9 1 Young Dominic greetings, my friend. My name is Torch. You might think that a strangename for adog. Why am I not called Fido or Rover or Spot? I shall happily tell youwhy, because that will allow me to tell you all about my dear master. His namewasDominic, andhewas a remarkable man who became a great saint. Dominic’s story, and mine, began in the tiny Spanish village of Caleruega. A very holy

10 THE HOUND OF THE LORD woman named Jane of Aza lived there. She was the wife of Felix de Guzman, a wealthy man. Both Felix and Jane were well-known for virtuous living, and Jane inparticularwas known throughout the surrounding countryside for her extraordinary goodness and compassion. One night, while pregnant with her fourth child, Jane dreamed that she gave birth—not to a baby, but to me, a little dog with a flaming torch in its mouth. While she watched, I set the world on fire. Jane saw it as a sign from God, telling her who her son would be: a great saint who would set the world on fire with the love of Jesus Christ. Jesus himself told his Apostles: “I came to cast fire upon the earth; and would that it were already kindled!” (Luke 12:49). Blessed Jane gave birth to her third and youngest son in the year 1170. She and Felix named him Dominic, which means “man of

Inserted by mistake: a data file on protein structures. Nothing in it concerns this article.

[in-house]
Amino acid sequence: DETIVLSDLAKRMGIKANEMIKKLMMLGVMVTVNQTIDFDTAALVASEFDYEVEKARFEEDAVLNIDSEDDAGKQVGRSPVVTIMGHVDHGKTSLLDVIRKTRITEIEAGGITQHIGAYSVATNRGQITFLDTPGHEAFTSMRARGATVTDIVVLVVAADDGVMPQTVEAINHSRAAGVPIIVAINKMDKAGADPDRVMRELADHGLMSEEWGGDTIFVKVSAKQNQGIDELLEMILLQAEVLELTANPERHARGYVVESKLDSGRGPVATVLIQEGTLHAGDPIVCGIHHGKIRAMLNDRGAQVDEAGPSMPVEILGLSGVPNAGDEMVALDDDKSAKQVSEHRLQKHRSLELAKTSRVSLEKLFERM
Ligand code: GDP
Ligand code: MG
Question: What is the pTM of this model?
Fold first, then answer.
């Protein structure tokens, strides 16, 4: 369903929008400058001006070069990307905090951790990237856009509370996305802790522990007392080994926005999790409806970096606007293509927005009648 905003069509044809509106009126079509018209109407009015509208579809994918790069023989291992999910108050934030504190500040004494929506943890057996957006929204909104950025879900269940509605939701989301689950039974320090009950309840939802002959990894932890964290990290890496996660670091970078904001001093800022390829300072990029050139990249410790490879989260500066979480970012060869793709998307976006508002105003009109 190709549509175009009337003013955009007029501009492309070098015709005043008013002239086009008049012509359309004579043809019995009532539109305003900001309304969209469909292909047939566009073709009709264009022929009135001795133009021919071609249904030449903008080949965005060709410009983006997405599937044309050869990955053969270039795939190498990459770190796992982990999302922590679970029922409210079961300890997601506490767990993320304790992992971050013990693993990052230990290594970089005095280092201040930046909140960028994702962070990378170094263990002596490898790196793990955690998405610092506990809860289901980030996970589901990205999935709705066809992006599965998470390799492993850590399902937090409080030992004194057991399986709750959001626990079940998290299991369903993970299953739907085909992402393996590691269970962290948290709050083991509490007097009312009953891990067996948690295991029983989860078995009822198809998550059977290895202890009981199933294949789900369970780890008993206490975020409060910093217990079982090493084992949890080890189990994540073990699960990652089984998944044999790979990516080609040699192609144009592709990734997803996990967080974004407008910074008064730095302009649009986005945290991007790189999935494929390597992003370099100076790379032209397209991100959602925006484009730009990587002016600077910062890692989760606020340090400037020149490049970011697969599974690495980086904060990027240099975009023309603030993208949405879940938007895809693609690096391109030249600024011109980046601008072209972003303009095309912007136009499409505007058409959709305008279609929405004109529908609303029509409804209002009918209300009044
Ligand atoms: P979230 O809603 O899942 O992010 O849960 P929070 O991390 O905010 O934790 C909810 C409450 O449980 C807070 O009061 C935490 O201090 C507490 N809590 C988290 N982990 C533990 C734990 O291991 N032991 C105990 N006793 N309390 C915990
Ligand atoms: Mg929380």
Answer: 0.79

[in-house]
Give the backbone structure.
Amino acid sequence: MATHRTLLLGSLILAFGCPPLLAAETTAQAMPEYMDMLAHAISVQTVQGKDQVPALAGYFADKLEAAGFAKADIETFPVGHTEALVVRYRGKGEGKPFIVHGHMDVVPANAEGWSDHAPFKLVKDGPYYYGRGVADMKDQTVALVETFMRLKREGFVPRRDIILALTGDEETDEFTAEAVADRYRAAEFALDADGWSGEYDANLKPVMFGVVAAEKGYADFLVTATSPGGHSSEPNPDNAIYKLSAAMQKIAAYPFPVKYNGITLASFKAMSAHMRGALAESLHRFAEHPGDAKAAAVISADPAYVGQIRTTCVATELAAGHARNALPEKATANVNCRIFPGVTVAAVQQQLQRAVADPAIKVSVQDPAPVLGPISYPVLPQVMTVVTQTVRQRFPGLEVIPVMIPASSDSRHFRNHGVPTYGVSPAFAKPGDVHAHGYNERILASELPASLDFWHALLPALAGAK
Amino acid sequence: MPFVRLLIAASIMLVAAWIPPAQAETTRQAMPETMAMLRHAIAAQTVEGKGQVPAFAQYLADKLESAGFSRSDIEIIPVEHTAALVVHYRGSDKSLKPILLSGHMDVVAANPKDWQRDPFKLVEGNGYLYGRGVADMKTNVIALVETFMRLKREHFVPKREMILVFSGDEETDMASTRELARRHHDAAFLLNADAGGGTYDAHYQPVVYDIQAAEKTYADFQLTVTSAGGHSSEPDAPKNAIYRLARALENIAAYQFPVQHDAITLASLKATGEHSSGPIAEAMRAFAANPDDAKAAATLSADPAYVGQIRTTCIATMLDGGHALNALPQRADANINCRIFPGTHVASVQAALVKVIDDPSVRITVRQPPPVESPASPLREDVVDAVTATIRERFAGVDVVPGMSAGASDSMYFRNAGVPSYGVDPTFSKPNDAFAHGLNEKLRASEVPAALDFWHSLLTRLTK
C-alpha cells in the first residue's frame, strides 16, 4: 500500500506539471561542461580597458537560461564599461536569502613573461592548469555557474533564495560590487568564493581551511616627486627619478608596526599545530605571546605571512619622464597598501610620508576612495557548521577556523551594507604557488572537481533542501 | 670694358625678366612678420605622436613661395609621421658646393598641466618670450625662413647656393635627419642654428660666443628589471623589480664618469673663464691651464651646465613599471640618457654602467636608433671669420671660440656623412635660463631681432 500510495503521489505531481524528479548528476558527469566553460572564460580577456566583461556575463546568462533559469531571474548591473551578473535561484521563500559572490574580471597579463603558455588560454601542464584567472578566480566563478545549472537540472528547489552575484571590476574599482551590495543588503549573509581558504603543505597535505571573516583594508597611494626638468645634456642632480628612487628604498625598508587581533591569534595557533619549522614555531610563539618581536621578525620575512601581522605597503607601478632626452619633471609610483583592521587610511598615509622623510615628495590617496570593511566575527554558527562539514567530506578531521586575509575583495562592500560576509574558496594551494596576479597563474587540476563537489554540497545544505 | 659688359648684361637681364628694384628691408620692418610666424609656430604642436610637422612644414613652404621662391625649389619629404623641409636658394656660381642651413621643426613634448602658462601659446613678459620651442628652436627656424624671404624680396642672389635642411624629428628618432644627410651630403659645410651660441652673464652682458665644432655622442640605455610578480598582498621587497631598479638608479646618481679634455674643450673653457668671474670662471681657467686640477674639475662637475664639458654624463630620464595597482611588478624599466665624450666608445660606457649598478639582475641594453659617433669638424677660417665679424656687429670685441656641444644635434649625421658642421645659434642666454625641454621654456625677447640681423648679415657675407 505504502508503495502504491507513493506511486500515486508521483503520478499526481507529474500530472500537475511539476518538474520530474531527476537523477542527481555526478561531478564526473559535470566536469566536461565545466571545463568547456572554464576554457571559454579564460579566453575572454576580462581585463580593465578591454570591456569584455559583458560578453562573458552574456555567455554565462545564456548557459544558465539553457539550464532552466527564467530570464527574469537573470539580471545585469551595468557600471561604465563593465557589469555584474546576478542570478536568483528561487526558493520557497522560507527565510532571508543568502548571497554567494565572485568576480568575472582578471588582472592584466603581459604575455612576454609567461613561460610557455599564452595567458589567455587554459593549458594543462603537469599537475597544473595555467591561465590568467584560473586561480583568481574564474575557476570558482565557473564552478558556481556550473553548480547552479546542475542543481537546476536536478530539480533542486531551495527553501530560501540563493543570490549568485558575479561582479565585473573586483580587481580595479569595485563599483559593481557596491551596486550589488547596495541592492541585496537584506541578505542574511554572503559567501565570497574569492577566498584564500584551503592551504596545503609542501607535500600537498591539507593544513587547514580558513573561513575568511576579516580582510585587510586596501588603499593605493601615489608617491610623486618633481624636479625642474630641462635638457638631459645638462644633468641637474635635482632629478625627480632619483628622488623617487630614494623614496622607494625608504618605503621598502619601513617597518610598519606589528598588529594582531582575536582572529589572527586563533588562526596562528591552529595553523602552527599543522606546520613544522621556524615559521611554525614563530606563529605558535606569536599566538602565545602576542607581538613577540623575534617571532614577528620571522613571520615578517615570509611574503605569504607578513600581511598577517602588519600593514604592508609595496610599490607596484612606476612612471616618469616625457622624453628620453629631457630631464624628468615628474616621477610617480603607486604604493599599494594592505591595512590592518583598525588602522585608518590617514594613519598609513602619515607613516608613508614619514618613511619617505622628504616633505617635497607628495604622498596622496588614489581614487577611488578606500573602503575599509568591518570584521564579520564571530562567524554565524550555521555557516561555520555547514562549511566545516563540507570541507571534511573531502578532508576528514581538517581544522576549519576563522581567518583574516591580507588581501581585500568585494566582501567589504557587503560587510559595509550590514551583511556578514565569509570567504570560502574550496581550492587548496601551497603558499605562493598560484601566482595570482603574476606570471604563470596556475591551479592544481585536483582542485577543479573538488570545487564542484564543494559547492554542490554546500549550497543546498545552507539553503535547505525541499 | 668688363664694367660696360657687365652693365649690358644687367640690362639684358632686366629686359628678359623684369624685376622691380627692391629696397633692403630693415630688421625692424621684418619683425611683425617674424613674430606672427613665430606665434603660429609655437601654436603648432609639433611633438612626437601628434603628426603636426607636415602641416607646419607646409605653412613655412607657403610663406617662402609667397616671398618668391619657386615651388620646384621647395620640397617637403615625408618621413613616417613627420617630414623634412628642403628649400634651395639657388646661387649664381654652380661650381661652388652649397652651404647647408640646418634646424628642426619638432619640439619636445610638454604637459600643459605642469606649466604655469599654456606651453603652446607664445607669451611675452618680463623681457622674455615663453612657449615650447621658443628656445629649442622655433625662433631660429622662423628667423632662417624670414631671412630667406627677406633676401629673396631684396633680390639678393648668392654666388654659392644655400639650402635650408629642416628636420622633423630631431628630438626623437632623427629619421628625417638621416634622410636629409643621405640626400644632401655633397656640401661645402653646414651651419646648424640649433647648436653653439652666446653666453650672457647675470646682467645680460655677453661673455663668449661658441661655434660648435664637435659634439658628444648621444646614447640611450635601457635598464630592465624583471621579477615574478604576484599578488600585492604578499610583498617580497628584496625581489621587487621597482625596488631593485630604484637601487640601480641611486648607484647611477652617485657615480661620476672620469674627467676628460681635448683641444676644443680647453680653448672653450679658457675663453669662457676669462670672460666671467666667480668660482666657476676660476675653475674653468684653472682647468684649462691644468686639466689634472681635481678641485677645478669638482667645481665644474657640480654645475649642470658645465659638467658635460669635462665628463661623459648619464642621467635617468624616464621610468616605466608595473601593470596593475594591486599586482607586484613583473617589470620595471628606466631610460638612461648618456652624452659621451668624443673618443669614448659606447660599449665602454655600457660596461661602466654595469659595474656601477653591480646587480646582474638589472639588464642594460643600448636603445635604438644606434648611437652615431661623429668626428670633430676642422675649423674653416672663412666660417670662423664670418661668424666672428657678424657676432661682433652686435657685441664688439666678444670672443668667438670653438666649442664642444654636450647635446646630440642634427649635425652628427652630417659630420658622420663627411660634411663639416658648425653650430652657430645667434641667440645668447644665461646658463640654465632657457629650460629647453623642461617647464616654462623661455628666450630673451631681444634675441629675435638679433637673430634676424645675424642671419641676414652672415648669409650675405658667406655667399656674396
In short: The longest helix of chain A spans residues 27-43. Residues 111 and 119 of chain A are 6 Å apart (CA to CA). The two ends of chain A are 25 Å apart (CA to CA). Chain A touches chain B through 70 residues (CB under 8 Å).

11 Young Dominic the Lord.” Even as an infant, Dominic lived up to his name. Once, when he was a baby, bees came and settled on his lips. His nurses shooed them away, but I knew that the bees had come as a sign that one day sweet honey would flow from his lips as he spoke about God. Late one evening, when just his sweet mother and I sat besidehim, abright light shoneonhis forehead, like the moon or a star. In later years, I heard many speak of the radiance of his face. His joy in loving God shone forth for all to see. Dominic’s older brotherswerealsoholy. The eldest, Antonio, became apriest andgave away his entire inheritance to the poor, spending the rest of his life taking care of the sick in a hospital. Mannes (now Blessed Mannes!) would later become a Dominican friar. WhenDominicwasaboy,he lovedtoprayand to study, andhewas oftenquite serious. Froman